- The inmate shall at all times be placed under proper restraint e.g. handcuffs. However, the same shall be removed when the inmate enters the courtroom.
- The inmate shall be returned to the prison facility immediately after the purpose of the pass has been served.
- The use of a privately-owned vehicle in transporting an inmate is prohibited.
Section 4. Escort procedures for court appearance.- In escort duties for court hearing, the Superintendent shall provide at least two (2) guards for every inmate. However, when two or more inmates are to be escorted, the number of guards may be reduced proportionately without sacrificing security requirements. If an inmate is notorious or has a previous record of escape, additional escort guards shall be assigned.
Section 5. Appearance in Metro Manila Courts.- In conducting NBP or CIW inmates for appearance in Metro Manila Courts, the escort detail shall be headed by a supervising guard or by a senior officer. If the court concerned is in the suburbs of Metro Manila e.g. Cavite, Bulacan, Rizal, Laguna and Batangas, the escorts shall return their wards to the NBP or CIW immediately after the hearing.
Section 6. Turnover of inmate to local jail.- A guard assigned to escort an inmate for court hearings who cannot return to the prison of origin on the same day shall request the court to issue an order turning over the inbmate to the nearest provincial/ city jail or police detention cell. The escort guard shall not stay in a private dwelling or hotel with the inmate.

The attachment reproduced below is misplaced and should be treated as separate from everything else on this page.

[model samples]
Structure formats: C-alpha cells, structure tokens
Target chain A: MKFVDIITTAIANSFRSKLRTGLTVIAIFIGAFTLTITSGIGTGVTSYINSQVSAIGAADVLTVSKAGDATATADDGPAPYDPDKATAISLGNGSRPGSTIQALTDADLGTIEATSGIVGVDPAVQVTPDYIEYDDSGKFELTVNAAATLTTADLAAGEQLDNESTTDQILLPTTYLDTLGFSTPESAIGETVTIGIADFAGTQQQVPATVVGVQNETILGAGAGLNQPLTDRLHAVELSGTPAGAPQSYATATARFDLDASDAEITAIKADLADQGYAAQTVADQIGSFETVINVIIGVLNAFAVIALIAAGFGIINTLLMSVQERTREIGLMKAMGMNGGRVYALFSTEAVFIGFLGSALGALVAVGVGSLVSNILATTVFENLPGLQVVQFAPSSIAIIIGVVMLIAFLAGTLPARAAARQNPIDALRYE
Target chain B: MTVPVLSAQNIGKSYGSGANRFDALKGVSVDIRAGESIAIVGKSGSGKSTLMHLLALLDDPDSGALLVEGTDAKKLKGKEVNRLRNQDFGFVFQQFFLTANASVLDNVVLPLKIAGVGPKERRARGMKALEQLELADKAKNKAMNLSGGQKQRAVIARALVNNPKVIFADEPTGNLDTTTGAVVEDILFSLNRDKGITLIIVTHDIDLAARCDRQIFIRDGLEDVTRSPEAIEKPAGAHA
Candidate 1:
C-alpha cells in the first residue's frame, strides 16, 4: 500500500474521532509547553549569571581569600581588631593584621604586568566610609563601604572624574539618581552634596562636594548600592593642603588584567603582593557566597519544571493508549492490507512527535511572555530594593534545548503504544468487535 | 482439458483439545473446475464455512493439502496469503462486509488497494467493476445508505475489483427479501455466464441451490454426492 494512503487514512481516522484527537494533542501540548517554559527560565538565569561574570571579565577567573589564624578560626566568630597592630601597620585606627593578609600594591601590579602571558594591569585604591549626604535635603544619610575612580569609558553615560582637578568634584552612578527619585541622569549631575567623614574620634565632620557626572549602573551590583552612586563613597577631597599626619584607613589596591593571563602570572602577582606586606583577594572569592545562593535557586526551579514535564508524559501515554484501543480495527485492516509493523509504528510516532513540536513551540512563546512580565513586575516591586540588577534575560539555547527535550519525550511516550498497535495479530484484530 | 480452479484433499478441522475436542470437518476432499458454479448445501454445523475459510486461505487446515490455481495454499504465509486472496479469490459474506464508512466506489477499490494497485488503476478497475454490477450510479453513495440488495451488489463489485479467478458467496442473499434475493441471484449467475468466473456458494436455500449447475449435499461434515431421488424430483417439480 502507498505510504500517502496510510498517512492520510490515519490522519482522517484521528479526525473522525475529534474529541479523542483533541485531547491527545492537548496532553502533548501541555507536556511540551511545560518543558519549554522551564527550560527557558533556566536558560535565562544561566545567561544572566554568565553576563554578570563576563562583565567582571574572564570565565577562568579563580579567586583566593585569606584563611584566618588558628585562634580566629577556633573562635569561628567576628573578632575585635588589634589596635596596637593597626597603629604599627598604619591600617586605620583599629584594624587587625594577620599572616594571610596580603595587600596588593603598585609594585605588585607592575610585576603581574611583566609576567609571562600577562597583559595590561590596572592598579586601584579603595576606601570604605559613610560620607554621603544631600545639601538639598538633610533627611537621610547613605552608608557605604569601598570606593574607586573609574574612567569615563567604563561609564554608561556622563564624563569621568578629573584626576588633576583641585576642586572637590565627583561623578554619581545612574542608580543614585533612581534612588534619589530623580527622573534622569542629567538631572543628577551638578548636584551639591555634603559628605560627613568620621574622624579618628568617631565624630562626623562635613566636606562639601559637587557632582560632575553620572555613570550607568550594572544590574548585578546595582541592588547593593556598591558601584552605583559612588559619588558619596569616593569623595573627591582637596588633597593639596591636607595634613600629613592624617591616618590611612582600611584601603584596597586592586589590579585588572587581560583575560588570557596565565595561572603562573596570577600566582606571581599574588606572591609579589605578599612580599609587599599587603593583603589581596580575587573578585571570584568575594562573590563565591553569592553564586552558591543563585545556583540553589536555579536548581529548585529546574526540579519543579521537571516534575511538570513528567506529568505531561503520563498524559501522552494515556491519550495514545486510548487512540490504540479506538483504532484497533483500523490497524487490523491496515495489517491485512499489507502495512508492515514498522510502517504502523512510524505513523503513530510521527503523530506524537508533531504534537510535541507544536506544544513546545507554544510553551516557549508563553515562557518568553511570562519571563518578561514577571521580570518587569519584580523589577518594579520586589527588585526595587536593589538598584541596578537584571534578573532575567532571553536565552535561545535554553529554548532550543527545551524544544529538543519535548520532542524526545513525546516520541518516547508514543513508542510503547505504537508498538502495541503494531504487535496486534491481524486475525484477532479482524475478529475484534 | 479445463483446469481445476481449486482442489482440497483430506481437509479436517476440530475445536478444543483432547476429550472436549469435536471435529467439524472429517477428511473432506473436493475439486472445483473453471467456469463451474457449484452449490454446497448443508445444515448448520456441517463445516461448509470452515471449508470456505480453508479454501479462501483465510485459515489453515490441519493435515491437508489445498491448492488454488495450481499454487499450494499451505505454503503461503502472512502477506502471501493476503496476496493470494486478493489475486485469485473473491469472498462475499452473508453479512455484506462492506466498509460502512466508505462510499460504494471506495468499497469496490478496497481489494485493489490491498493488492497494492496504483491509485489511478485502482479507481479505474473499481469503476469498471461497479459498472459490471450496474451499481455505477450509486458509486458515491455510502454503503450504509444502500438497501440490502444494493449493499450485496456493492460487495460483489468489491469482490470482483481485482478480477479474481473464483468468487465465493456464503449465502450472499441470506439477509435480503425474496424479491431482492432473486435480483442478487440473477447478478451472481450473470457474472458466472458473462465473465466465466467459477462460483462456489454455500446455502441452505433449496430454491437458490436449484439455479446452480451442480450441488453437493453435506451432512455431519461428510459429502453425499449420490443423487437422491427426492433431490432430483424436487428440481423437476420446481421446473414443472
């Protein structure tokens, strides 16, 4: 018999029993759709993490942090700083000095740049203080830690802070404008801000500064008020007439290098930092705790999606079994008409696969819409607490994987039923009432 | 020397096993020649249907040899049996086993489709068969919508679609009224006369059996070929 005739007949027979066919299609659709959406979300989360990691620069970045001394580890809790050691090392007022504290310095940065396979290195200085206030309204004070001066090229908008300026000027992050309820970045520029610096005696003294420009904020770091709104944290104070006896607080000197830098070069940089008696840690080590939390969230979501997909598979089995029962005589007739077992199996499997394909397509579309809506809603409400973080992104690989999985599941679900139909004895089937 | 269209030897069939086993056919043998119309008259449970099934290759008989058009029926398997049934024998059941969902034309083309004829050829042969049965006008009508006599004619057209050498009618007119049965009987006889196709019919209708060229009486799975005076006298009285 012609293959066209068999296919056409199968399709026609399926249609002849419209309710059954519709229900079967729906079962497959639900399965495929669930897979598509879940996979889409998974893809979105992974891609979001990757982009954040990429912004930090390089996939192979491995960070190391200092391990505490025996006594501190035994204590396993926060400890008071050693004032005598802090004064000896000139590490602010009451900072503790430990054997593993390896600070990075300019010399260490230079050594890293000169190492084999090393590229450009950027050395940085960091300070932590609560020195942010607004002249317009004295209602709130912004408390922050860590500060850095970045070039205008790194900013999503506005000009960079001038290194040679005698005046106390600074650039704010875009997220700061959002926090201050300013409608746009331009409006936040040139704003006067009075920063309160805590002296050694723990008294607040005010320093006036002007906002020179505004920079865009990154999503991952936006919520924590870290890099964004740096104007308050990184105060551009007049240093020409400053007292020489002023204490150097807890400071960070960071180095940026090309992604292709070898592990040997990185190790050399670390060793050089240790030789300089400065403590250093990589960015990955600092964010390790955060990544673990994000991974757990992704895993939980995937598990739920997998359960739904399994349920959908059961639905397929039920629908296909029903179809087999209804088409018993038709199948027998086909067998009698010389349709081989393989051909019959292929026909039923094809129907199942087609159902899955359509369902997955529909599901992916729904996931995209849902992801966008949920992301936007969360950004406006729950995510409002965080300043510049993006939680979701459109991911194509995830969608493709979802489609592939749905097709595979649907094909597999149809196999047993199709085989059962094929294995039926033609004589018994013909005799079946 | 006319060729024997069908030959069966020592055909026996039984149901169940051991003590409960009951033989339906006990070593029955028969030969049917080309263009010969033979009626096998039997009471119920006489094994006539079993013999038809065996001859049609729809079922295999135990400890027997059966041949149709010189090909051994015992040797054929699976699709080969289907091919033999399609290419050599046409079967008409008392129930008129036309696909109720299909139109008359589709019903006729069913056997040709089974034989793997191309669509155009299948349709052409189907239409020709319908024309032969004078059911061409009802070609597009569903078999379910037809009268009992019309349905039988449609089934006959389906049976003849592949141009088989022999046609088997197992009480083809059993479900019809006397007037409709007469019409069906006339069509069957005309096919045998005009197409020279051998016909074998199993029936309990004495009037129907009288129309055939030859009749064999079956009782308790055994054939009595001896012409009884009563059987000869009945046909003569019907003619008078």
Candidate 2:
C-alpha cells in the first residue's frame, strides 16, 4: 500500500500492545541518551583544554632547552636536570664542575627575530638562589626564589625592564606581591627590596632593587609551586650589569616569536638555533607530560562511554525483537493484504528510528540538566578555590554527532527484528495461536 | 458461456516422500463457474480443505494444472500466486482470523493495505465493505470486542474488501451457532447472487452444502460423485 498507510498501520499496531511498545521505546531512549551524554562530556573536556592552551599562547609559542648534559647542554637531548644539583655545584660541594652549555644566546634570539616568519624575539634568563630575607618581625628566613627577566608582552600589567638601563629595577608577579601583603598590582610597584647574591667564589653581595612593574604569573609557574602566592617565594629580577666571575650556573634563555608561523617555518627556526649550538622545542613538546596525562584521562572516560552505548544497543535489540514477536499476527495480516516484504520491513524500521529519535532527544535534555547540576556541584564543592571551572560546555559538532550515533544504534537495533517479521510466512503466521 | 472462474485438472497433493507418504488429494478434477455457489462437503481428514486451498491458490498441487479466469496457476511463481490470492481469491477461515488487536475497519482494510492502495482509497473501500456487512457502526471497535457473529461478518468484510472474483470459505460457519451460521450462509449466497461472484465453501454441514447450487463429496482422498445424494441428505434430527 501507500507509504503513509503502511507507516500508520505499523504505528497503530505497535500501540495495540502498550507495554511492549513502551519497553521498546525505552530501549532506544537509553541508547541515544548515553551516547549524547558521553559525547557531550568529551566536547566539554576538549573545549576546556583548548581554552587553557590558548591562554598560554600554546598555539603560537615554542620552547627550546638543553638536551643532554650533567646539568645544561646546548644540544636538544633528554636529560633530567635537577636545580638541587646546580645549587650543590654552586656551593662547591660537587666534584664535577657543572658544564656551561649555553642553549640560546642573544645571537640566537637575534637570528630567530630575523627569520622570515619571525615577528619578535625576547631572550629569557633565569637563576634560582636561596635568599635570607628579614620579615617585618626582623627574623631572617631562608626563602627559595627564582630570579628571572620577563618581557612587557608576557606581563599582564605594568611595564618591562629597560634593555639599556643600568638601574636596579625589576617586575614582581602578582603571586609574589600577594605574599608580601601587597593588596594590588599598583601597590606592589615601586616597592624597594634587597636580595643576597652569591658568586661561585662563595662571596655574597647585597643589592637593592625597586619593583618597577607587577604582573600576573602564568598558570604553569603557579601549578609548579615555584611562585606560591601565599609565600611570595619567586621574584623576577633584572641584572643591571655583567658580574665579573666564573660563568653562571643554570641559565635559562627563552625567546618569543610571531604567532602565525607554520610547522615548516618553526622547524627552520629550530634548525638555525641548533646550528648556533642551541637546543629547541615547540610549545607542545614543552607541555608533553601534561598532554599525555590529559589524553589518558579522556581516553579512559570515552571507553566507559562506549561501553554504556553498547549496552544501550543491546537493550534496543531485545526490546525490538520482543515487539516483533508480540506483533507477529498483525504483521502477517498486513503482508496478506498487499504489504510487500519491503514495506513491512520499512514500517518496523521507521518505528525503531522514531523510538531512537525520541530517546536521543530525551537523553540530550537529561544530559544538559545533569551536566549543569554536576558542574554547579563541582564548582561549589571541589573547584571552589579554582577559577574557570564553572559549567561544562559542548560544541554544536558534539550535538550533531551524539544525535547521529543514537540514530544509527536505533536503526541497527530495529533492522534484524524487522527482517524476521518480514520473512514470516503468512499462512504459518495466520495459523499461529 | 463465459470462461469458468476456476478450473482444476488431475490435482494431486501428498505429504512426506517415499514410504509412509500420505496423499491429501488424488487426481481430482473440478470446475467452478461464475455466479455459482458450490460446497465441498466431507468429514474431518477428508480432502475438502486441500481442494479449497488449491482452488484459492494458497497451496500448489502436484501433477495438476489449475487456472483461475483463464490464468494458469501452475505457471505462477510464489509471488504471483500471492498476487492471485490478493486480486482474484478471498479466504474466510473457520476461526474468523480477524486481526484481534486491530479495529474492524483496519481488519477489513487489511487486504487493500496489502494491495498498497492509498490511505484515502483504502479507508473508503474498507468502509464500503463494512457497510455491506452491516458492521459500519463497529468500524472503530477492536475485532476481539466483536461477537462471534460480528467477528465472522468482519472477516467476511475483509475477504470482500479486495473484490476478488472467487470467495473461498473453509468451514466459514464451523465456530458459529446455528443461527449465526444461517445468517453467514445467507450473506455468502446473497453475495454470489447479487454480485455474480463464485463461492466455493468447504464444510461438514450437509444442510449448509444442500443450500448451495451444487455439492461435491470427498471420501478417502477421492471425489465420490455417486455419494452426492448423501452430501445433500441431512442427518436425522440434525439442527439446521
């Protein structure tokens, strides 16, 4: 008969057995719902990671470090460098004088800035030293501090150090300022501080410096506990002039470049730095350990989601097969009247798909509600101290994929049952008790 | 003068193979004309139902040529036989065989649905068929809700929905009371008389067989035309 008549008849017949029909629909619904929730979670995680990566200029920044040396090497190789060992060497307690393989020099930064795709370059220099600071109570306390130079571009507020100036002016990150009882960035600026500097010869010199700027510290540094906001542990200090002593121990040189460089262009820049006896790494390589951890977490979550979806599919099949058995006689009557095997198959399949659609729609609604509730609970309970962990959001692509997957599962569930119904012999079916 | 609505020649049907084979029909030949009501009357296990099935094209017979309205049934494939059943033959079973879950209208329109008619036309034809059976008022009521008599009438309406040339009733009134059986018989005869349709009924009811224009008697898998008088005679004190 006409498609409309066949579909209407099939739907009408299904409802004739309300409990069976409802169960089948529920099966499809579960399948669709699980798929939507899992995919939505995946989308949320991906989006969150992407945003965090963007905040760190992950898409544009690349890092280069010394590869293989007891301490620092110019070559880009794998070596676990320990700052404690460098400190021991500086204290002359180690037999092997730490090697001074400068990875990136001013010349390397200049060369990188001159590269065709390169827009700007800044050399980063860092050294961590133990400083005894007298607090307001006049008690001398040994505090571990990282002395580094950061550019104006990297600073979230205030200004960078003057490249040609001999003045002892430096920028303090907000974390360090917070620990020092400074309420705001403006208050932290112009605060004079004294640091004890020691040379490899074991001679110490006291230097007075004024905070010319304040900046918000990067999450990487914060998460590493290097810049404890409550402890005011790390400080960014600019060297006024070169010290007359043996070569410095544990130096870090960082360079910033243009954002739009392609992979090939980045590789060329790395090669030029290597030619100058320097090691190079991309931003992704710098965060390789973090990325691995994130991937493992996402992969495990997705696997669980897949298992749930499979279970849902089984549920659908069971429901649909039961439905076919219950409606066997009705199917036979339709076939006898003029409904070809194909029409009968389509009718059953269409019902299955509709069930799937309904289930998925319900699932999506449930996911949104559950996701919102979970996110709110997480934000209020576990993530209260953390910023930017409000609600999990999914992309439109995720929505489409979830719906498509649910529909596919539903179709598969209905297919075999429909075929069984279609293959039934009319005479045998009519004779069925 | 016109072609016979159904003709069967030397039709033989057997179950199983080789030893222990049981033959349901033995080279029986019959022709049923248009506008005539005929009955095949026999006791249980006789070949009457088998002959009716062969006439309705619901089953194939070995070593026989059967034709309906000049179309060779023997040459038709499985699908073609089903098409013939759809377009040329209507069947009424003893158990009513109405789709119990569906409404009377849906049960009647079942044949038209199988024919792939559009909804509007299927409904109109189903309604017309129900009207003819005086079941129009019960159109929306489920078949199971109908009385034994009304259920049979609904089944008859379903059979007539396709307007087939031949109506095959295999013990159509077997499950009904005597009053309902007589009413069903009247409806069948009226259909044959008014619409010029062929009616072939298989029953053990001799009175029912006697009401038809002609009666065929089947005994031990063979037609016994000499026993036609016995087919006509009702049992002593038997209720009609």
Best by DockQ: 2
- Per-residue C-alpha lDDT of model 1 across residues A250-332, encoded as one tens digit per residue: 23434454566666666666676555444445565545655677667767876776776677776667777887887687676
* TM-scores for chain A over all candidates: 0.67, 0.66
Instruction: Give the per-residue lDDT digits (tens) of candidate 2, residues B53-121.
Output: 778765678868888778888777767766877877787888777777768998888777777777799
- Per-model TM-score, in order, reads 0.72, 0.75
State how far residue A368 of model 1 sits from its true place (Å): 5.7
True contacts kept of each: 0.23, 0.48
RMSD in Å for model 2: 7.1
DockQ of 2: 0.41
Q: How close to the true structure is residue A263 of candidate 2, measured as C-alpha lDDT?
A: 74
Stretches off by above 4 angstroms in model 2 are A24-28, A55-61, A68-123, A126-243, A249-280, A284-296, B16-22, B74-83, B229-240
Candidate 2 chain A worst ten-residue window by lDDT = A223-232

Section 7. Acknowledgment of turnover of inmate.- Upon turning the inmate over to an authorized officer at the destination, the escort-in-charge shall secure an acknowledgement receipt for the custody of the inmate. This shall clearly bear the name of the receiving officer, his designation and the date and time the inmate was received.
Section 8. Postponement/ resetting of hearing.- After the hearing or if the scheduled hearing is postponed/ reset to another date, the inmate shall be returned to the prison of origin without delay. If feasible, the escort-in-charge shall secure from the court an order committing the inmate to the provincial/city jail or other detention center.
Section 9. Procedure if escort guard becomes sick.- If the escort guard becomes sick, he shall notify the Superintendent of the prison or origin thereof by the fastest means available so that a replacement can be sent to continue the mission.